HMD 259- Assignment 1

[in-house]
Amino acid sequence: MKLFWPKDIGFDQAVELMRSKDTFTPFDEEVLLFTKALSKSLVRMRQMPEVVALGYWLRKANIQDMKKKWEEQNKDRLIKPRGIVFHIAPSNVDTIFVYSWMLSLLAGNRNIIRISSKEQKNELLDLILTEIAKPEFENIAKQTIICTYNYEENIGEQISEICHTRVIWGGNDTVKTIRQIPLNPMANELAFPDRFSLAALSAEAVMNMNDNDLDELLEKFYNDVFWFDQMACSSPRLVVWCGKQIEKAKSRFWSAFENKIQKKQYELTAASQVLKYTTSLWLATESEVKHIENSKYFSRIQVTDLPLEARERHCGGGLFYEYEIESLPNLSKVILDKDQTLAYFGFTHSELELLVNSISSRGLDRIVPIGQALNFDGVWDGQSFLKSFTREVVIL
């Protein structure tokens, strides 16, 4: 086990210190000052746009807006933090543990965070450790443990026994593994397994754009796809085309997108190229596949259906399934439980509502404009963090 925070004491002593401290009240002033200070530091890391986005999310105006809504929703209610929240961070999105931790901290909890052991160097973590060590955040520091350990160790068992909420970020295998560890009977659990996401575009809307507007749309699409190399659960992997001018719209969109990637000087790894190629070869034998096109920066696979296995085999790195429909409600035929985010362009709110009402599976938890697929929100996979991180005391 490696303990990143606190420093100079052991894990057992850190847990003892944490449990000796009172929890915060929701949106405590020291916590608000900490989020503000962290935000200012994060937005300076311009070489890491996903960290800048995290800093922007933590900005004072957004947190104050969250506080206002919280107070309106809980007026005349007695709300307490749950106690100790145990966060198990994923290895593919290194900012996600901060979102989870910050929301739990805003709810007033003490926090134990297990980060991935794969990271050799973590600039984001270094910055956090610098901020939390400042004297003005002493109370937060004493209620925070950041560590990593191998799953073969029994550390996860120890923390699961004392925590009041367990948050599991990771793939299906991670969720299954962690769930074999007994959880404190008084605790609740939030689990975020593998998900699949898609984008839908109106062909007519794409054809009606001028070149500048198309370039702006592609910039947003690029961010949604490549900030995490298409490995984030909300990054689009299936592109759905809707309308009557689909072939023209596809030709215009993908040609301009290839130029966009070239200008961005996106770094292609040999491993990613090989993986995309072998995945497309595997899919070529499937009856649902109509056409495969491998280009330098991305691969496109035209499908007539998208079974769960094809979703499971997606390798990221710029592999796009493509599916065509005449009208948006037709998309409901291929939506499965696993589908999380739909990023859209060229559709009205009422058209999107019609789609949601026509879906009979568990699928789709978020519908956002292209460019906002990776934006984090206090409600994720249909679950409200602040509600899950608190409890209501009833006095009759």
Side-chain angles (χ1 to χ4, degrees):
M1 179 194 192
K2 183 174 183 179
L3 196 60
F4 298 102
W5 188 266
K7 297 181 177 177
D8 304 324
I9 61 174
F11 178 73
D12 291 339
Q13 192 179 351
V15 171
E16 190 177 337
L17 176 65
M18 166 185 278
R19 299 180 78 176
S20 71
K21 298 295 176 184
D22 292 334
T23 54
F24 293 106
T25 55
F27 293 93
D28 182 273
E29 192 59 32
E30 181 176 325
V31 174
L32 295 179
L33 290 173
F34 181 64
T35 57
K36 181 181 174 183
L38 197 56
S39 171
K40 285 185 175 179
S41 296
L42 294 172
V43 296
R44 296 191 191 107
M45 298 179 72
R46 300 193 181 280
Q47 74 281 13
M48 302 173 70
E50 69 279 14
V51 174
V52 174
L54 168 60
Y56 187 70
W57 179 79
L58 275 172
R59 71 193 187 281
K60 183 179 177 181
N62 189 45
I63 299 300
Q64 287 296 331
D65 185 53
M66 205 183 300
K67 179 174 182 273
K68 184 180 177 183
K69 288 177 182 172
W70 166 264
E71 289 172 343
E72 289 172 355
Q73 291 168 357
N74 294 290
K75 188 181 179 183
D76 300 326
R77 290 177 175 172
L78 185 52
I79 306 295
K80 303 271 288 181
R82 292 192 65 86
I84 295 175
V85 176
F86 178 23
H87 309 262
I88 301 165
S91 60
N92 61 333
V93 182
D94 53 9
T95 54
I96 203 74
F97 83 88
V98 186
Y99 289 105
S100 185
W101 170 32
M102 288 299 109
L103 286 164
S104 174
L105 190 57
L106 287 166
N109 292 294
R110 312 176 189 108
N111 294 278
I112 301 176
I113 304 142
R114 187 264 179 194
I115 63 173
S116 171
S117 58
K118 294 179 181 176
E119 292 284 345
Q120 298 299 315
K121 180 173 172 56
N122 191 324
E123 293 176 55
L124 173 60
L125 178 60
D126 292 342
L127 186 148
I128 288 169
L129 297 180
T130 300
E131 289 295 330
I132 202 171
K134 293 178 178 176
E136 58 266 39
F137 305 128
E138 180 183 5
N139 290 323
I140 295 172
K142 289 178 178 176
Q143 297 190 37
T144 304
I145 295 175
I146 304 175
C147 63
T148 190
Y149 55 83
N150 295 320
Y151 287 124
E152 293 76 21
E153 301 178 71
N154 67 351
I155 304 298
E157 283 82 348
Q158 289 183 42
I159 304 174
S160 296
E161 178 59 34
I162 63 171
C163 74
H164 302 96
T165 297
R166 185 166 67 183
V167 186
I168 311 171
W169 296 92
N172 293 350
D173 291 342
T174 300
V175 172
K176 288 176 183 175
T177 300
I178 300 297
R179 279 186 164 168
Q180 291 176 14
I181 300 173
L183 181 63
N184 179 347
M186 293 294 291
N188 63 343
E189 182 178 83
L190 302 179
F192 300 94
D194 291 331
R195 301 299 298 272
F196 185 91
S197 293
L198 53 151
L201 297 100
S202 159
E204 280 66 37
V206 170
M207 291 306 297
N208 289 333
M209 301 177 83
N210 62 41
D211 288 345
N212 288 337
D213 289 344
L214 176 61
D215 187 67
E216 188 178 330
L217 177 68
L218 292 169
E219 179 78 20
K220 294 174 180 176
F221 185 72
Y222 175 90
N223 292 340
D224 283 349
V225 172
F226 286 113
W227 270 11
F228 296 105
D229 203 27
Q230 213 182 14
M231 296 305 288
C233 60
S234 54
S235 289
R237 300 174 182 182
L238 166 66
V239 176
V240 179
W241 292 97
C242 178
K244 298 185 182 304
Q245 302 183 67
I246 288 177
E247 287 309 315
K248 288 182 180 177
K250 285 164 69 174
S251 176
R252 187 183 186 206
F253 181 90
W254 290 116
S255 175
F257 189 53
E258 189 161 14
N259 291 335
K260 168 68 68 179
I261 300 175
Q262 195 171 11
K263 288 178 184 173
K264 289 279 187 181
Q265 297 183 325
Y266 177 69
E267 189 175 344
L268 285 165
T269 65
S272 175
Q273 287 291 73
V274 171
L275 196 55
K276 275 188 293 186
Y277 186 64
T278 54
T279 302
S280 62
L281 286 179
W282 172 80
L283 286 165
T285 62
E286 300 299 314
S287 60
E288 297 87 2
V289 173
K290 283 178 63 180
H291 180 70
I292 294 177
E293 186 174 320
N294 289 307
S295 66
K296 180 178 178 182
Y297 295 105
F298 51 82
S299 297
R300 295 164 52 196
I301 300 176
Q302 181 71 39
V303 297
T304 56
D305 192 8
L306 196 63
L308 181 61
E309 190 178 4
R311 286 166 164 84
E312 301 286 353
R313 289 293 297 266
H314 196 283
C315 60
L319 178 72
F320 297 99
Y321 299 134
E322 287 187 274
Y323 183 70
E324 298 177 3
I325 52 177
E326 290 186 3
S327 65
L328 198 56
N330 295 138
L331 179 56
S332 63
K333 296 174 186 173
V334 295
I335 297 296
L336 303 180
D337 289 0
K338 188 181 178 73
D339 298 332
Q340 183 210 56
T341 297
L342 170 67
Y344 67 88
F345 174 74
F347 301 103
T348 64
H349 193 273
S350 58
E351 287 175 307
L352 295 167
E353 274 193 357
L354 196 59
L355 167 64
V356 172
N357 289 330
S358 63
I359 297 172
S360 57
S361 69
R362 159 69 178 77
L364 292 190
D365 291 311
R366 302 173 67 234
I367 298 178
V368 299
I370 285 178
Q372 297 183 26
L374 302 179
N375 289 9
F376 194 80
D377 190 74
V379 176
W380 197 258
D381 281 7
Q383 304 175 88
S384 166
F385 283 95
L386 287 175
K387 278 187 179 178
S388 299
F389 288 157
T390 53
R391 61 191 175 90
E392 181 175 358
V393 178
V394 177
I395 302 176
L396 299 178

When asked to compare American culture to a country of my choice, I selected Australia. I’ve never visited the country but I have friends that live there and they often question American norms as they differ greatly in Australia. Upon typing the phrase into my search engine, some very interesting links popped up, revealing some strange but valid distinctions between these cultures. Australians don’t have a large army. In fact, most Australian officials don’t even consider it a real army. Both countries speak English but English pronunciation is quite different in Australia, as they tend to have a higher pitched voice. Australians are very educated and most complete higher learning education. Minimum wage in Australia is triple what America requires ("Yahoo! Answers"). These are just a few examples, but there are three others I found most interesting. The first that I found was the lack of racial divide that is demonstrated in Australia. Although there are some objections whether they be to the left or right, Australian culture doesn’t hold much weight to race as America does. According to the site www.sciforums.com, Australians only acknowledge a grey area, which eliminates the separation between races. Australians are also less likely to use ethnic labels like African, Chinese, or Indian. If anything this may create some positive energy in the workplace and HR director could feel confident that the employee isn’t making racially derogatory statements or acting in such a manner. This protects the establishment from having any claims that violate the Civil Rights Act of 1964 and the requirements of the EEOC. Politician John Langmore stated, "Americans maintain their sense of being God's own country with a manifest destiny to lead the world to freedom and democracy. Australia has no global ambitions, and those related to the region are...